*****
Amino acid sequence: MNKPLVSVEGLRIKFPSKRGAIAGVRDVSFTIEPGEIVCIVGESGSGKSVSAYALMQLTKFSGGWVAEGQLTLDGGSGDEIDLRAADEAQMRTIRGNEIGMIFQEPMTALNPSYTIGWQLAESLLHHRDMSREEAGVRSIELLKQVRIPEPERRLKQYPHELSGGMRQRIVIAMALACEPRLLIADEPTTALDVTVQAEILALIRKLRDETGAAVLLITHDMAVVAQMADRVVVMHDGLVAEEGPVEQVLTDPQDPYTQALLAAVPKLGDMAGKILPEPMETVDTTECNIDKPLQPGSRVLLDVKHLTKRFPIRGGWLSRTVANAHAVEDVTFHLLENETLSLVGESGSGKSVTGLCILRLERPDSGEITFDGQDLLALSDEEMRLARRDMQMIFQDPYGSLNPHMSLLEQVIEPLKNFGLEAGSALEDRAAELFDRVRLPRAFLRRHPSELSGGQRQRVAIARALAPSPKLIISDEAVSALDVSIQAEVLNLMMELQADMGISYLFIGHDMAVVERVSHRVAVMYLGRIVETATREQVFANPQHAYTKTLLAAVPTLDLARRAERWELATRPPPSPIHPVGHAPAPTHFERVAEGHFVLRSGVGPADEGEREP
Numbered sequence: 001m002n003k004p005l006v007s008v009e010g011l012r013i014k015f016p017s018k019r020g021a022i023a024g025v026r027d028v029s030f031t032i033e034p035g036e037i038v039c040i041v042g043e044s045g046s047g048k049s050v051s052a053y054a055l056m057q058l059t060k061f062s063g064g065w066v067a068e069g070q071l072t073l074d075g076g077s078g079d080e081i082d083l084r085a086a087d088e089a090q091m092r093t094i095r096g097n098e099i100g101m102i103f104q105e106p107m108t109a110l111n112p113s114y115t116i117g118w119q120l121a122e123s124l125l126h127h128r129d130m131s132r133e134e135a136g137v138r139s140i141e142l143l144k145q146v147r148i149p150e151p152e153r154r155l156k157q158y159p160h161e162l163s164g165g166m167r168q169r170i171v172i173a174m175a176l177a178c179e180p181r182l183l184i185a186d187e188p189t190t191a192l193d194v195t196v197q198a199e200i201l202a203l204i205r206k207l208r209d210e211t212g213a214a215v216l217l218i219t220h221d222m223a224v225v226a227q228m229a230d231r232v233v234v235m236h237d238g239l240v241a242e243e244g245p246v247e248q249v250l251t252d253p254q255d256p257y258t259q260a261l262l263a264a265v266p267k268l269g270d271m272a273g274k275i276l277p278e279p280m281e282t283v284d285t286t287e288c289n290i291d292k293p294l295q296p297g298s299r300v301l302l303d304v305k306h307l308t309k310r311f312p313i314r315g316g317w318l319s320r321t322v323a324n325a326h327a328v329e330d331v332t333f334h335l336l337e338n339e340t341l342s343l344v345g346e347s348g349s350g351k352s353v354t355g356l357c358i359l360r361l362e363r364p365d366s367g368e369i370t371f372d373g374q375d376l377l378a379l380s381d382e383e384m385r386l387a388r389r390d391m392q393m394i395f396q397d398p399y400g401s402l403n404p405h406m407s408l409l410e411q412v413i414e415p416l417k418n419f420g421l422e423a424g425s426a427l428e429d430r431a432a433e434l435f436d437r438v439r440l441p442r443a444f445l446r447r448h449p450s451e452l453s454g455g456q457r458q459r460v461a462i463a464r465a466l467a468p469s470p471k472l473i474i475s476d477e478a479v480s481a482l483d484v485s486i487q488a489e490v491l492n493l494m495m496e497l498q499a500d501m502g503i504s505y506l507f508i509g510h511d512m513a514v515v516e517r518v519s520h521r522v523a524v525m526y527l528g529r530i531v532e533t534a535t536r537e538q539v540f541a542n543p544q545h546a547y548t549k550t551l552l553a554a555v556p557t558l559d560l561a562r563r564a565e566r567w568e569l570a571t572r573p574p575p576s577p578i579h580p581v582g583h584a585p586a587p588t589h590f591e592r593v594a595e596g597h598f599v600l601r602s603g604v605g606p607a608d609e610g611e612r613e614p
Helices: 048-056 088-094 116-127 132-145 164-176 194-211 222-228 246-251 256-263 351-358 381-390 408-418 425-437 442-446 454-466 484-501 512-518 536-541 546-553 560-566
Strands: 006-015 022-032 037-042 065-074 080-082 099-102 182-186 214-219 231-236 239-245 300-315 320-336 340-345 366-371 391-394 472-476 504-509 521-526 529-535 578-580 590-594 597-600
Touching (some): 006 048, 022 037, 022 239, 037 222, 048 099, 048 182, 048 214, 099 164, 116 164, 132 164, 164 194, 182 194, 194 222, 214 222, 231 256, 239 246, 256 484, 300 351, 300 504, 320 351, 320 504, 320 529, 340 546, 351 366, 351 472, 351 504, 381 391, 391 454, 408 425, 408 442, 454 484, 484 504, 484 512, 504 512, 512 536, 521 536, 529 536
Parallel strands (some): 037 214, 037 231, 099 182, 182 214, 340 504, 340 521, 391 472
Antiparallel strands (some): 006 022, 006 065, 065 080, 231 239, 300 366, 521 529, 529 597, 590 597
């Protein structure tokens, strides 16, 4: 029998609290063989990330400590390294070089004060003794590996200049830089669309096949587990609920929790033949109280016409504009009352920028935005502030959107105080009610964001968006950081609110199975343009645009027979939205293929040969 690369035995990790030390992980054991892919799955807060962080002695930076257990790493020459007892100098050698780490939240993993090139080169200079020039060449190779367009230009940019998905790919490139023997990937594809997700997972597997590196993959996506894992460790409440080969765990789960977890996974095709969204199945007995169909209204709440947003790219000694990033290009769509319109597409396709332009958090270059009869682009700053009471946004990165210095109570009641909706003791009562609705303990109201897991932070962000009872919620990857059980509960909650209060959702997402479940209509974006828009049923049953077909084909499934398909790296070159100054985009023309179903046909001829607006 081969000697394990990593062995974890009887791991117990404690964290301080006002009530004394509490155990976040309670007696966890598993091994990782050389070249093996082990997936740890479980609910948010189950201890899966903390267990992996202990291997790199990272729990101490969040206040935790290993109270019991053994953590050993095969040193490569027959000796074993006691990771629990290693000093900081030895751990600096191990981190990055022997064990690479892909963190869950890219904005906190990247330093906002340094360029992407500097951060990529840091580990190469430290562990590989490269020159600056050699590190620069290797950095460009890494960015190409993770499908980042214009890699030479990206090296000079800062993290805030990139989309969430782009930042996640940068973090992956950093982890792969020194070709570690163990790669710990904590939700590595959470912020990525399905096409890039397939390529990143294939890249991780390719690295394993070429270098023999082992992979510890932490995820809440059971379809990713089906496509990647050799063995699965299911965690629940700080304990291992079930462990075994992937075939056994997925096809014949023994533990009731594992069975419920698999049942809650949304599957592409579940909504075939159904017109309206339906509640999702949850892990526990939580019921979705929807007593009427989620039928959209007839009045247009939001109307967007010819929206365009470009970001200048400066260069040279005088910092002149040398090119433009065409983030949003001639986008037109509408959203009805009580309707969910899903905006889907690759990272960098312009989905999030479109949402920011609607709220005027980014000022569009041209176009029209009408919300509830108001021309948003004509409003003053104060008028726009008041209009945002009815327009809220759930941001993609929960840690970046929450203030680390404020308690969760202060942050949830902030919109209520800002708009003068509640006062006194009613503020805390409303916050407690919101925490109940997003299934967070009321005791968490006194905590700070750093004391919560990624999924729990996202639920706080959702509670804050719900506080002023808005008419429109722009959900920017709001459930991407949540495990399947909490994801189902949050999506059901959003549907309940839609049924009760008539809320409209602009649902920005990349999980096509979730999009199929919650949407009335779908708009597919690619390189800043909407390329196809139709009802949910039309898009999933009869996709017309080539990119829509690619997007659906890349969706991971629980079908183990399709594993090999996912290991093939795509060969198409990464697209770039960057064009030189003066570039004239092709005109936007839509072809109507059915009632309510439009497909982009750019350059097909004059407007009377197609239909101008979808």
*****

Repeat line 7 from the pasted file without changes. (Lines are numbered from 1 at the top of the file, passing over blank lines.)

Antiparallel strands (some): 006 022, 006 065, 065 080, 231 239, 300 366, 521 529, 529 597, 590 597